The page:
VTDigger Sues State Over EB-5 Records

VTDigger Sues State Over EB-5 Records

EB-5 Visa, EB5 Visa, EB-5 Investment

Vermont Attorney General William Sorrell speaks Thursday about alleged fraud in a string of development projects in the Northeast Kingdom funded with immigrant investors’ money. Looking on is Gov. Peter Shumlin

VTDigger is suing the state of Vermont in order to obtain records associated with oversight of the state’s EB-5 immigrant investment program.

The news organization alleges the Shumlin administration has improperly withheld documents, including correspondence between key members of the administration and federal officials about the status of the Vermont EB-5 Regional Center.

Officials with the Agency of Commerce and Community Development have refused to release correspondence about a federal review of the Vermont EB-5 Regional Center, which was responsible for overseeing a massive redevelopment of Jay Peak that has been tied to an alleged “Ponzi-like” scheme perpetrated by the developers.

It is not known what the federal review by the U.S. Citizenship and Immigration Services entails because the government agency won’t respond to questions about it and the state has also kept mum. The USCIS review is separate from the Securities and Exchange Commission investigation of fraud at Jay Peak.

The U.S. Citizenship and Immigration Services requested information from the state in August. Neither the request, nor the state’s response has been released to VTDigger or to the Burlington Free Press, which also requested documents.

Because of the information blackout, the status of the Vermont EB-5 Regional Center is unclear and it is not known whether the state program has been penalized in any way.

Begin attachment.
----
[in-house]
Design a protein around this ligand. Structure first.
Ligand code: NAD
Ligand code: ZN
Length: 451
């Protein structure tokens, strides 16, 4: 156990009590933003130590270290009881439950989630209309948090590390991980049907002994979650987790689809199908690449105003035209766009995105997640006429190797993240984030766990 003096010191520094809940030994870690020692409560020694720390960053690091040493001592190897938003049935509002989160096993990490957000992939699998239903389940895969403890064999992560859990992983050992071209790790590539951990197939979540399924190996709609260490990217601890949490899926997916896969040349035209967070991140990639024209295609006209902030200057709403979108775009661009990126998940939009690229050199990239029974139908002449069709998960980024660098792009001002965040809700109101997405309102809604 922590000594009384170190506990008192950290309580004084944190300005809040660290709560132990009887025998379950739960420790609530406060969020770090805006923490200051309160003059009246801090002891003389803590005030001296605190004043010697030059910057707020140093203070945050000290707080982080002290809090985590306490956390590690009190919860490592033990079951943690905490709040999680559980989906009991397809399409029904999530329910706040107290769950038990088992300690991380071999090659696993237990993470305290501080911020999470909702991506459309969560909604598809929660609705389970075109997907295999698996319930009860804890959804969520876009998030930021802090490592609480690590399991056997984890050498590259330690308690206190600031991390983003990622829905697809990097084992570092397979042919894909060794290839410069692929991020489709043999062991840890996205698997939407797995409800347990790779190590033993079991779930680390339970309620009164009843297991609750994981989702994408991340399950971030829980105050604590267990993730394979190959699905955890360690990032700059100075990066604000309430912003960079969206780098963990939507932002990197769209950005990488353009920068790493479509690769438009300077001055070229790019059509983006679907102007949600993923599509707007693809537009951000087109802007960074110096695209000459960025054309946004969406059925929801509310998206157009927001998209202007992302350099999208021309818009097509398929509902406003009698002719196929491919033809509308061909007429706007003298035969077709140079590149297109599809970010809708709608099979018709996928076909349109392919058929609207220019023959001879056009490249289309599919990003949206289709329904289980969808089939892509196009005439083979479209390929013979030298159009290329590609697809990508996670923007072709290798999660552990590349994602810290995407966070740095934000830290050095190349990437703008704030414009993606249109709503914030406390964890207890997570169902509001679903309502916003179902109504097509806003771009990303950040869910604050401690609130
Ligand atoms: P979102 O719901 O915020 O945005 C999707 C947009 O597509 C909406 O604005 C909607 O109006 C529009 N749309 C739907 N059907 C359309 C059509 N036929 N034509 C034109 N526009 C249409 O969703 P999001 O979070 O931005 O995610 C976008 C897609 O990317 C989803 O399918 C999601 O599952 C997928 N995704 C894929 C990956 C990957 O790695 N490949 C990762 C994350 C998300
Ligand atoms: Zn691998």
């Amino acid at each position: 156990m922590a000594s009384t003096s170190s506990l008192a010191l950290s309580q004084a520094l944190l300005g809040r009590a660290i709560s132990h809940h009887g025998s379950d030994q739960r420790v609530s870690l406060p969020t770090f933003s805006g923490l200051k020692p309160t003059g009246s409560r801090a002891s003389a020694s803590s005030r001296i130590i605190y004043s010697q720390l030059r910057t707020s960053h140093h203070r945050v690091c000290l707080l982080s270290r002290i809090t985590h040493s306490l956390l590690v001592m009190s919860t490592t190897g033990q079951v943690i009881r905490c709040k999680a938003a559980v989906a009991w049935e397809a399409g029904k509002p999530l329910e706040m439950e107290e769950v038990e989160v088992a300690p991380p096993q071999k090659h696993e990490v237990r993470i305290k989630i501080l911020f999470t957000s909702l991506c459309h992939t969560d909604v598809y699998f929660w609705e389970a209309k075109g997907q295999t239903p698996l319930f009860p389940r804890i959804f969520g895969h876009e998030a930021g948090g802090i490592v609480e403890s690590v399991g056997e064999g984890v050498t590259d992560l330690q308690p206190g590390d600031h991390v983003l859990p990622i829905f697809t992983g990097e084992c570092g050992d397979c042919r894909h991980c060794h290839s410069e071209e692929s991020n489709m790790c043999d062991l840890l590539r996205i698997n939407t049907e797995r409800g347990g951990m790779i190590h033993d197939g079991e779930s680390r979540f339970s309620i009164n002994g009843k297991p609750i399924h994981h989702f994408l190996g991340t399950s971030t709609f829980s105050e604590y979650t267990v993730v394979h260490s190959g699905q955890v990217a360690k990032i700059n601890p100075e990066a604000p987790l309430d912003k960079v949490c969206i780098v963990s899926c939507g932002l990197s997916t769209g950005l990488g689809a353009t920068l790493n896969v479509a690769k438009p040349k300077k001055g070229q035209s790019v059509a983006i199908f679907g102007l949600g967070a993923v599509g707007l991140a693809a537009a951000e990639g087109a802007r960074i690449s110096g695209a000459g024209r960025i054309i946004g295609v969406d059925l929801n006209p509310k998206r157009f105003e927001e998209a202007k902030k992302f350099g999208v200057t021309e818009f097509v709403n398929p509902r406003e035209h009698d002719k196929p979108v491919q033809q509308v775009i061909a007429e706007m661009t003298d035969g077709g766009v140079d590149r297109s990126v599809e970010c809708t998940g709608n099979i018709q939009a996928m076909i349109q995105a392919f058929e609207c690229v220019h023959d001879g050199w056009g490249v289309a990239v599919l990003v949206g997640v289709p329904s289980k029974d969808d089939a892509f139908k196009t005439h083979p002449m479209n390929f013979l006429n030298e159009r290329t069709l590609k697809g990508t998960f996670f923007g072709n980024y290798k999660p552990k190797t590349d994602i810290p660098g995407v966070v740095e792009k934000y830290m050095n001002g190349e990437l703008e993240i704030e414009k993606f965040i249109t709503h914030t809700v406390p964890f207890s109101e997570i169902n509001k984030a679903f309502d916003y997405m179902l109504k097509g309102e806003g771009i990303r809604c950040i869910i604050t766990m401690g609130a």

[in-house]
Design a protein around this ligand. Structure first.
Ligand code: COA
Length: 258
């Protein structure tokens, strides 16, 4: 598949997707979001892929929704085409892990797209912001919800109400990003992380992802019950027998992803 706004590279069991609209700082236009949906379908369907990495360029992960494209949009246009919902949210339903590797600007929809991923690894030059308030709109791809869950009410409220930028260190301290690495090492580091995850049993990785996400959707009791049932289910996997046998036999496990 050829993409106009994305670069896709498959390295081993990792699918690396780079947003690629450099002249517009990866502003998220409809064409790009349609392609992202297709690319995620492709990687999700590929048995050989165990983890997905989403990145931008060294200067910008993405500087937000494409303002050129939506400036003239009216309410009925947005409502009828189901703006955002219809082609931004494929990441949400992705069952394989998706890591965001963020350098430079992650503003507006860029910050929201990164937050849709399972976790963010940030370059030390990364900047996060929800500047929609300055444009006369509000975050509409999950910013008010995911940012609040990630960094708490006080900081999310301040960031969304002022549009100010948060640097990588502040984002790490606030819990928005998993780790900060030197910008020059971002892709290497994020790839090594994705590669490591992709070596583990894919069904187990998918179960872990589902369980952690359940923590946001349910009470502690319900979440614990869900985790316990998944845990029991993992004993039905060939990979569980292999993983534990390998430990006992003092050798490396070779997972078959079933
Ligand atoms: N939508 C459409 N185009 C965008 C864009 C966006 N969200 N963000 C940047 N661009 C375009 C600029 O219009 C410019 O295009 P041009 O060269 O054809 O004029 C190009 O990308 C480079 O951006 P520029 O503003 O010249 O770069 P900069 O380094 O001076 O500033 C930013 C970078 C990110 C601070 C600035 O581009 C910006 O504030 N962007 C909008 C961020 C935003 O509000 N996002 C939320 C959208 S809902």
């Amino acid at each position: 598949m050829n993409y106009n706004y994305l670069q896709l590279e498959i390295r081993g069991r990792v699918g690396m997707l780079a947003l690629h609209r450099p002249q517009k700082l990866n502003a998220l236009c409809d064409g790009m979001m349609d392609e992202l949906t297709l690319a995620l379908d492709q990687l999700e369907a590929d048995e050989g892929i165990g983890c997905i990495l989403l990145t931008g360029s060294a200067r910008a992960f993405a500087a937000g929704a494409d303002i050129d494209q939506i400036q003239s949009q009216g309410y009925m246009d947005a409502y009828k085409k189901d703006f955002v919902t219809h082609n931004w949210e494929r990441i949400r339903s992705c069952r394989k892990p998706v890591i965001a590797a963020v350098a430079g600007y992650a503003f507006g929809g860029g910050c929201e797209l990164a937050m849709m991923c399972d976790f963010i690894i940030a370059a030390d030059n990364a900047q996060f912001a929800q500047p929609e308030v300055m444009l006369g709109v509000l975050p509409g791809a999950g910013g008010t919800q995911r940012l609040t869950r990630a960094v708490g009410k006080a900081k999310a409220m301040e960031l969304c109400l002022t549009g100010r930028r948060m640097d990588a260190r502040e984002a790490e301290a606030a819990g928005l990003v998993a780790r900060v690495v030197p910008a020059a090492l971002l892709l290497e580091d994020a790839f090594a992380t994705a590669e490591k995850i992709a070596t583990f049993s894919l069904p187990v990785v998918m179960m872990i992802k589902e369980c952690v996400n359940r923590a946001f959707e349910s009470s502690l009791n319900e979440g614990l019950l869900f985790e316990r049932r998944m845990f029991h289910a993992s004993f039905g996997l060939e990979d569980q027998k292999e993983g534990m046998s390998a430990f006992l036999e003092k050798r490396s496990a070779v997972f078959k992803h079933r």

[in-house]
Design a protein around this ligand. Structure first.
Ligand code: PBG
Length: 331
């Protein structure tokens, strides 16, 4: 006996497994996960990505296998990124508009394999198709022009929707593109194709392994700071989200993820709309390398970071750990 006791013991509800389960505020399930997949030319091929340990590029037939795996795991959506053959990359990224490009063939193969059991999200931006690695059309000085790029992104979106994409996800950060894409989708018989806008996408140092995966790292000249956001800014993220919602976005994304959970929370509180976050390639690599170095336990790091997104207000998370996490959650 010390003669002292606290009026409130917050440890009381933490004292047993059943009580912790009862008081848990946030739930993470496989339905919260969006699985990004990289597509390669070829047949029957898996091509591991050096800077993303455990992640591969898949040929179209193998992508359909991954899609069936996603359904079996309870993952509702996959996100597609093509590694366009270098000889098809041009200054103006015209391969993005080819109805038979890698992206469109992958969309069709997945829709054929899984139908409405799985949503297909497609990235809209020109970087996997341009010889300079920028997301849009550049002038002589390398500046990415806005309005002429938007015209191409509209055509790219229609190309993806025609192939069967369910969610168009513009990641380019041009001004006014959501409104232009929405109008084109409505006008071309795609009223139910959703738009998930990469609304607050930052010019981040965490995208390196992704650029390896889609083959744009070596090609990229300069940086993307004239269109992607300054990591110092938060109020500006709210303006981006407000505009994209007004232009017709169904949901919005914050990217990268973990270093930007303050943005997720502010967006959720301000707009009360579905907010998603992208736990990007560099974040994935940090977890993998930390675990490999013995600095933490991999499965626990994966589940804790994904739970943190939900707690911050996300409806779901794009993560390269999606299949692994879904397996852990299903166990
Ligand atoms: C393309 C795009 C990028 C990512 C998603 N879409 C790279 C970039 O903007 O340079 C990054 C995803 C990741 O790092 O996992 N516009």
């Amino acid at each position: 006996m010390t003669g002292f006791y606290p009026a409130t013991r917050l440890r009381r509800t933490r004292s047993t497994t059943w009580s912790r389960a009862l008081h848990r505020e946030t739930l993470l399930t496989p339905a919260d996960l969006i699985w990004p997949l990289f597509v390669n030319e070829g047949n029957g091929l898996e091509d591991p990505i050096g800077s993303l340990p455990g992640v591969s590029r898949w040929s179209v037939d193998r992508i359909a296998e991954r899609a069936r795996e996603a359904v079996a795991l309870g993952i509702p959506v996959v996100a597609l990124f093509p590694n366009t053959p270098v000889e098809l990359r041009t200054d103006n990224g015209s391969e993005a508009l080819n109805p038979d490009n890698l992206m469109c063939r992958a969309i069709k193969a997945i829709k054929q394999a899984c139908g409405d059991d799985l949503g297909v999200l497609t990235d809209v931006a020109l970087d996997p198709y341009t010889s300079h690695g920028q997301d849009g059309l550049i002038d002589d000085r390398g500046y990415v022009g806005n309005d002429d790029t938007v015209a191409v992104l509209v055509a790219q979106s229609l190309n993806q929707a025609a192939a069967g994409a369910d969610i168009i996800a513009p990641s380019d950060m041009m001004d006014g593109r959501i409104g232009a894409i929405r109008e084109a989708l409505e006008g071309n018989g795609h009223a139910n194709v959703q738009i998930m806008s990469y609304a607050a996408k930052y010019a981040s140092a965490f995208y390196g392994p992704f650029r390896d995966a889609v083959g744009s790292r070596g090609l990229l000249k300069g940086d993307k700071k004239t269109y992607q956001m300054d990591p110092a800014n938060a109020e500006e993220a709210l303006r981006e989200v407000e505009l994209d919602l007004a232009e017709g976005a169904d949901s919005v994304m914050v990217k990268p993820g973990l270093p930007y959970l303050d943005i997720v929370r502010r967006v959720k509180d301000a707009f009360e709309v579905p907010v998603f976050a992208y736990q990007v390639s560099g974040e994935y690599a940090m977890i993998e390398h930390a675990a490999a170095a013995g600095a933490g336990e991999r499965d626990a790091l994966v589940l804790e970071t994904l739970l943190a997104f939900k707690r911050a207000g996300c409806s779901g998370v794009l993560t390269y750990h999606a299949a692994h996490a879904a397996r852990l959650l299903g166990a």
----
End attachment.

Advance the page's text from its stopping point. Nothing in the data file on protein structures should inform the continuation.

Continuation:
USCIS terminated South Dakota’s state EB-5 program , which was run by a private entity. The feds found that the program was mismanaged. Michigan’s EB-5 program is the only one in the nation that like Vermont’s is run by state government.

VTDigger is seeking communication between the Agency of Commerce and Community Development and the U.S. Citizenship and Immigration Services for a seven-day period in August.

Under the advice of the Vermont Attorney General’s office, the agency has refused to release records pertaining to the EB-5 program, claiming the litigation hold exemption in the Vermont Public Records Act. The attorney general is arguing the documents need to be kept private because they could be part of a court case.

Sorrell has told reporters that all state communication about the EB-5 would be held from public purview until the fraud litigation is concluded. Officials have said the civil cases could take at least five years. The SEC doesn’t anticipate the Quiros case going to trial until a year from now, and it could also be a year before the U.S. Attorney files potential criminal charges against the developers and others.

VTDigger argues that the documents requested are “not in any way relevant” to the fraud case brought by the state against Quiros and Stenger and should be released to the public immediately.

EB-5 Visa, EB5 Visa, EB-5 Investment

Susan Donegan, right, the commissioner of the Department of Financial Regulation, and Pat Moulton, secretary of the Agency of Commerce and Community Development, at a news conference on April 14 about alleged fraud at Jay Peak.